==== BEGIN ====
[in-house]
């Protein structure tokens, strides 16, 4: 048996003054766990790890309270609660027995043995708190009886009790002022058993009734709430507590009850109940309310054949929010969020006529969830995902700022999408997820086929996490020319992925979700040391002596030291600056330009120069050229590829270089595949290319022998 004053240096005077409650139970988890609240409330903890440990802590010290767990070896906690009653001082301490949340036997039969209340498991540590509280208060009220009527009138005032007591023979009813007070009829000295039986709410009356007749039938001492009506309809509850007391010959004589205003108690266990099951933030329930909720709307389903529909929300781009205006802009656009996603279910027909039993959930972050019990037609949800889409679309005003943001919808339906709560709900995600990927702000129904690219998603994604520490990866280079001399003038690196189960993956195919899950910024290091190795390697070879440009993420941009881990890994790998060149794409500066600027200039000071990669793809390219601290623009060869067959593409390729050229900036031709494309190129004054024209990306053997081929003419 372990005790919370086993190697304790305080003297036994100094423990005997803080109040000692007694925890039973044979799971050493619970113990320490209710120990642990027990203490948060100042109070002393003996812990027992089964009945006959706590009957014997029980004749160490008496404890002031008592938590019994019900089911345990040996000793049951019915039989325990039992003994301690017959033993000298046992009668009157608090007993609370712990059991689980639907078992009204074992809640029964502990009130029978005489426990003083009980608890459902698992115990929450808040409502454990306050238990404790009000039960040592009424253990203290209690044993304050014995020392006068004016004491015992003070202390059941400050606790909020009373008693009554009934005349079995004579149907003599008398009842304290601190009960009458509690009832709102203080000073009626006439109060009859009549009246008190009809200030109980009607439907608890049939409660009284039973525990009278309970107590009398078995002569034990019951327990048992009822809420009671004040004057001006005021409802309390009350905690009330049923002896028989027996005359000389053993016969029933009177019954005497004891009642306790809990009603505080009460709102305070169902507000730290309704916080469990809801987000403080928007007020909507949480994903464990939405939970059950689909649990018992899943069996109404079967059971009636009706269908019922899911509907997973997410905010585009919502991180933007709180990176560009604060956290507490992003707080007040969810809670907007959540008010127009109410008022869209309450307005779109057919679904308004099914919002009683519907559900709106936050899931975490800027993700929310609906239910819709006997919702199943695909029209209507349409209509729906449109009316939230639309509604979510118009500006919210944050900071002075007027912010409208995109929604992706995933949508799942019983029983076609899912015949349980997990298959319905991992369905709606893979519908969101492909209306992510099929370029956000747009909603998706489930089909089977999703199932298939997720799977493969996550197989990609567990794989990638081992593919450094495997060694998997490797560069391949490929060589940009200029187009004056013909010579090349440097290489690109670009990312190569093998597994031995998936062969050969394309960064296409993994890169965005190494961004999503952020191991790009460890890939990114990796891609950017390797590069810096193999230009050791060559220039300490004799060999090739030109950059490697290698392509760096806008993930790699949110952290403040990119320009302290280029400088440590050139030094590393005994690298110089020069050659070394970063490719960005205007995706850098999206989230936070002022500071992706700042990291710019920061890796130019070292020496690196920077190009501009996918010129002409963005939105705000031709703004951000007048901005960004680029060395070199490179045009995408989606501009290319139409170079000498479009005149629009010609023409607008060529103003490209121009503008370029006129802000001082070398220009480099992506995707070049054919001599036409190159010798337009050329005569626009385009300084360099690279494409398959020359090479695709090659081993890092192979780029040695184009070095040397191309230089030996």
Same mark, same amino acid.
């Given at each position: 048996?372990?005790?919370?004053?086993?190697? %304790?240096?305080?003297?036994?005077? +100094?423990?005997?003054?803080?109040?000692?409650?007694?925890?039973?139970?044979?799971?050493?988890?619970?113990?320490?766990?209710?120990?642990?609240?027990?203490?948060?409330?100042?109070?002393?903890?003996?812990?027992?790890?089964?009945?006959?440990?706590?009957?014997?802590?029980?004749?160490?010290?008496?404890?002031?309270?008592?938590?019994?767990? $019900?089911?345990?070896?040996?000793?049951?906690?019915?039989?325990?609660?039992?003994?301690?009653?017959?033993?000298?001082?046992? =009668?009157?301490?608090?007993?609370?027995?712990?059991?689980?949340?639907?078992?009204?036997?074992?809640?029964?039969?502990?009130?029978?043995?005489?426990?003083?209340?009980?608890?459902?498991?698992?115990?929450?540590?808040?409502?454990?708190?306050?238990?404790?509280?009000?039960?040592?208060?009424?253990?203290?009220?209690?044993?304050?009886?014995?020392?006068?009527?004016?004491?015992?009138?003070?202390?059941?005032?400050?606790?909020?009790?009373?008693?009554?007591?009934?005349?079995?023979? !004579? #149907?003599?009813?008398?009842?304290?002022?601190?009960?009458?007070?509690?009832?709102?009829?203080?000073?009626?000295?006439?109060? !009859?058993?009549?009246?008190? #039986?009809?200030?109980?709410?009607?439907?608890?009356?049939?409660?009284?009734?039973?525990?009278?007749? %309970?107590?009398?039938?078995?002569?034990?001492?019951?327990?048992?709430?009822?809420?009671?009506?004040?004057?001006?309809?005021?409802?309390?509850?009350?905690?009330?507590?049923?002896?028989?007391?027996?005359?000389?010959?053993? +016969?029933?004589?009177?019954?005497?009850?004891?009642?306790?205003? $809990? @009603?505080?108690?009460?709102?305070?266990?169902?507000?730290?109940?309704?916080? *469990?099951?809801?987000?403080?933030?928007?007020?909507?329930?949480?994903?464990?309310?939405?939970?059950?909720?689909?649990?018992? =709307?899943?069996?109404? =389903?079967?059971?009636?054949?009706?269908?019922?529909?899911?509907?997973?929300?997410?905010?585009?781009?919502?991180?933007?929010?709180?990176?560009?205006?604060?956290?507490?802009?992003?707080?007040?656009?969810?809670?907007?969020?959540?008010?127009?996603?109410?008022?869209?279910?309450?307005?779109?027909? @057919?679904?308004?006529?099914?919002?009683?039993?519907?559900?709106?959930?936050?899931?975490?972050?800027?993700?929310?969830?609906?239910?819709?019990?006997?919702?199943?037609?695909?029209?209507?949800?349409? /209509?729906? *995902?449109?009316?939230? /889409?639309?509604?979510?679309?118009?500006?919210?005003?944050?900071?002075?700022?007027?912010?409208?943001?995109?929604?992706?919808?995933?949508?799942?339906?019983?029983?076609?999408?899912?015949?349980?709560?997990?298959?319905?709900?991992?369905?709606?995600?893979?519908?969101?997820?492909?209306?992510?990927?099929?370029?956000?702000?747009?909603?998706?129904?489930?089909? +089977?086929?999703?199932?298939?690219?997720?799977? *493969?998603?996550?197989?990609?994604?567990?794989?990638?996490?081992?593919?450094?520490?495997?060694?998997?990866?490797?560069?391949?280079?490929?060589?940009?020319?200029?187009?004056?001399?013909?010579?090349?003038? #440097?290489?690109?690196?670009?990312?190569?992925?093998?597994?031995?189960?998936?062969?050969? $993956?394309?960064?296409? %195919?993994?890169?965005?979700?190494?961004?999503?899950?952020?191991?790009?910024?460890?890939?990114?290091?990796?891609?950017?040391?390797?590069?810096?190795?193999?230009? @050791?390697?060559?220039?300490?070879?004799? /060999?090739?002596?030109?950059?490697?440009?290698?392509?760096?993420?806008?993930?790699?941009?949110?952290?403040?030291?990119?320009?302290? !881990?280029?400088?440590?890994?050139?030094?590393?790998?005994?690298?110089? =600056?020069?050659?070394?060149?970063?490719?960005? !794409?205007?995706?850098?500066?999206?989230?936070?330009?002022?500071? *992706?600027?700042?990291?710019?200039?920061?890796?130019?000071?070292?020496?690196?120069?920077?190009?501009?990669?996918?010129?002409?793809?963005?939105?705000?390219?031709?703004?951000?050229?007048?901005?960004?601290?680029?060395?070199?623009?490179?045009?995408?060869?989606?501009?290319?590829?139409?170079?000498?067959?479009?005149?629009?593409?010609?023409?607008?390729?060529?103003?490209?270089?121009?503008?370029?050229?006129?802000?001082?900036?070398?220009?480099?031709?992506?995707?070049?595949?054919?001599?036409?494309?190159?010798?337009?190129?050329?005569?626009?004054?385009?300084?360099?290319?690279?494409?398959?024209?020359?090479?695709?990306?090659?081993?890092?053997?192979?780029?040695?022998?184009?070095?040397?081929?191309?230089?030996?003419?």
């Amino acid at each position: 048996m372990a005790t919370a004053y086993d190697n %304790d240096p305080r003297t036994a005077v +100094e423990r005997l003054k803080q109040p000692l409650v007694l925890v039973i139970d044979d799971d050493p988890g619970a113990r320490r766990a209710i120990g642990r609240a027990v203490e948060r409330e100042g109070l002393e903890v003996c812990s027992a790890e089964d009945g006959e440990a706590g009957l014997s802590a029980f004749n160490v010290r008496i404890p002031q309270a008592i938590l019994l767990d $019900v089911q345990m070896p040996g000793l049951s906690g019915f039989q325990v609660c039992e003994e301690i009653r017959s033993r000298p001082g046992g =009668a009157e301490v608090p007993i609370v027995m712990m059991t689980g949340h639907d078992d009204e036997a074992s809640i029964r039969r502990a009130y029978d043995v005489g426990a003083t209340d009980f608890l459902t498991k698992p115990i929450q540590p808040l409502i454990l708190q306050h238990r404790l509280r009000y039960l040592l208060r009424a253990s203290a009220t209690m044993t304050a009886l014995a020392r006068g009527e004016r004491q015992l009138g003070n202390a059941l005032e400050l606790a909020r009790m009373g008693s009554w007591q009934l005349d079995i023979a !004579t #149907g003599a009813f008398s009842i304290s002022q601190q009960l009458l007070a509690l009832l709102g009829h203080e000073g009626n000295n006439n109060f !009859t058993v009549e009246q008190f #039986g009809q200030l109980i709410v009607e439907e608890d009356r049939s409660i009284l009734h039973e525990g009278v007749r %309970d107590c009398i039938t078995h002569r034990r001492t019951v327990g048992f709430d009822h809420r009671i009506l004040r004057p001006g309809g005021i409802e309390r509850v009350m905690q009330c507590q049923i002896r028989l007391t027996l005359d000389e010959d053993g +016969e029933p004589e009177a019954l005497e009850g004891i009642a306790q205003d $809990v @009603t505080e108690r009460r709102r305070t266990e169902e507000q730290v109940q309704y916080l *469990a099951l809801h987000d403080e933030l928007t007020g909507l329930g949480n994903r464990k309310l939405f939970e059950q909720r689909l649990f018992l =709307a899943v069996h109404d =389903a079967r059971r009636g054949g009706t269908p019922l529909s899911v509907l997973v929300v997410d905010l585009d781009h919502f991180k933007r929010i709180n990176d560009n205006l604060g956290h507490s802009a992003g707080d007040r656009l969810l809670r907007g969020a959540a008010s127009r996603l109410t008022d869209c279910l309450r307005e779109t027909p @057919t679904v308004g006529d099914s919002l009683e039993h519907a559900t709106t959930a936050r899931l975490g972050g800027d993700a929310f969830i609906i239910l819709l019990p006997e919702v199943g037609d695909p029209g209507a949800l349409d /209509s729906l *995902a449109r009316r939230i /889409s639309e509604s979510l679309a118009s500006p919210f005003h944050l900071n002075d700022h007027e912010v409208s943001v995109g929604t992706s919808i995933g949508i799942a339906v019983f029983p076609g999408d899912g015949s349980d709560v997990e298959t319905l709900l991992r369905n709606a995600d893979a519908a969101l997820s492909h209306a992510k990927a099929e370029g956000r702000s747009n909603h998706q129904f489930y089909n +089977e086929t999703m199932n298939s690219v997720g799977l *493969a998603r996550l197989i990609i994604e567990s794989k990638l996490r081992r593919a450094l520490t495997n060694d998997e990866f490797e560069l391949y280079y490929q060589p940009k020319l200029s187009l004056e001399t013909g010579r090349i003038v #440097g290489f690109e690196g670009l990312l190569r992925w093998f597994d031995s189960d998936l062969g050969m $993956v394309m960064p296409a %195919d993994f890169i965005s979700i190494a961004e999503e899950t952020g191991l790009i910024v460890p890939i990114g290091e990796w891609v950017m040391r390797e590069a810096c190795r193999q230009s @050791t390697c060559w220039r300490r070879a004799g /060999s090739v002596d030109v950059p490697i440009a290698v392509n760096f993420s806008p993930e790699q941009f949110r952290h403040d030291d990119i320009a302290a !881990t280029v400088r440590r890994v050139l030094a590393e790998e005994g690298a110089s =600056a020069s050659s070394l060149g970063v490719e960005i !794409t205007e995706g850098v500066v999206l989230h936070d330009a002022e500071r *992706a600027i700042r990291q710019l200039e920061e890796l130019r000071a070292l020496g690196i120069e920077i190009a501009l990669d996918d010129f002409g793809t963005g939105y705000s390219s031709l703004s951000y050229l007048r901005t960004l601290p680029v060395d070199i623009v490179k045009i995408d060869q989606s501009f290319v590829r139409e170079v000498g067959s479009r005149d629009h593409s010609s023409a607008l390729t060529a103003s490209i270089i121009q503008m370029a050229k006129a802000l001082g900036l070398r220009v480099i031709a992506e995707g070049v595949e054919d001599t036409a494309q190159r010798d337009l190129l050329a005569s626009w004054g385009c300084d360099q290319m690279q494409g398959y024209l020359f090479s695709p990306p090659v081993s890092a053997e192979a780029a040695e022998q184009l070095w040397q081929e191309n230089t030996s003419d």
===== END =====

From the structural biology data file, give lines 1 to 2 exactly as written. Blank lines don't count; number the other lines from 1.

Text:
[in-house]
């Protein structure tokens, strides 16, 4: 048996003054766990790890309270609660027995043995708190009886009790002022058993009734709430507590009850109940309310054949929010969020006529969830995902700022999408997820086929996490020319992925979700040391002596030291600056330009120069050229590829270089595949290319022998 004053240096005077409650139970988890609240409330903890440990802590010290767990070896906690009653001082301490949340036997039969209340498991540590509280208060009220009527009138005032007591023979009813007070009829000295039986709410009356007749039938001492009506309809509850007391010959004589205003108690266990099951933030329930909720709307389903529909929300781009205006802009656009996603279910027909039993959930972050019990037609949800889409679309005003943001919808339906709560709900995600990927702000129904690219998603994604520490990866280079001399003038690196189960993956195919899950910024290091190795390697070879440009993420941009881990890994790998060149794409500066600027200039000071990669793809390219601290623009060869067959593409390729050229900036031709494309190129004054024209990306053997081929003419 372990005790919370086993190697304790305080003297036994100094423990005997803080109040000692007694925890039973044979799971050493619970113990320490209710120990642990027990203490948060100042109070002393003996812990027992089964009945006959706590009957014997029980004749160490008496404890002031008592938590019994019900089911345990040996000793049951019915039989325990039992003994301690017959033993000298046992009668009157608090007993609370712990059991689980639907078992009204074992809640029964502990009130029978005489426990003083009980608890459902698992115990929450808040409502454990306050238990404790009000039960040592009424253990203290209690044993304050014995020392006068004016004491015992003070202390059941400050606790909020009373008693009554009934005349079995004579149907003599008398009842304290601190009960009458509690009832709102203080000073009626006439109060009859009549009246008190009809200030109980009607439907608890049939409660009284039973525990009278309970107590009398078995002569034990019951327990048992009822809420009671004040004057001006005021409802309390009350905690009330049923002896028989027996005359000389053993016969029933009177019954005497004891009642306790809990009603505080009460709102305070169902507000730290309704916080469990809801987000403080928007007020909507949480994903464990939405939970059950689909649990018992899943069996109404079967059971009636009706269908019922899911509907997973997410905010585009919502991180933007709180990176560009604060956290507490992003707080007040969810809670907007959540008010127009109410008022869209309450307005779109057919679904308004099914919002009683519907559900709106936050899931975490800027993700929310609906239910819709006997919702199943695909029209209507349409209509729906449109009316939230639309509604979510118009500006919210944050900071002075007027912010409208995109929604992706995933949508799942019983029983076609899912015949349980997990298959319905991992369905709606893979519908969101492909209306992510099929370029956000747009909603998706489930089909089977999703199932298939997720799977493969996550197989990609567990794989990638081992593919450094495997060694998997490797560069391949490929060589940009200029187009004056013909010579090349440097290489690109670009990312190569093998597994031995998936062969050969394309960064296409993994890169965005190494961004999503952020191991790009460890890939990114990796891609950017390797590069810096193999230009050791060559220039300490004799060999090739030109950059490697290698392509760096806008993930790699949110952290403040990119320009302290280029400088440590050139030094590393005994690298110089020069050659070394970063490719960005205007995706850098999206989230936070002022500071992706700042990291710019920061890796130019070292020496690196920077190009501009996918010129002409963005939105705000031709703004951000007048901005960004680029060395070199490179045009995408989606501009290319139409170079000498479009005149629009010609023409607008060529103003490209121009503008370029006129802000001082070398220009480099992506995707070049054919001599036409190159010798337009050329005569626009385009300084360099690279494409398959020359090479695709090659081993890092192979780029040695184009070095040397191309230089030996």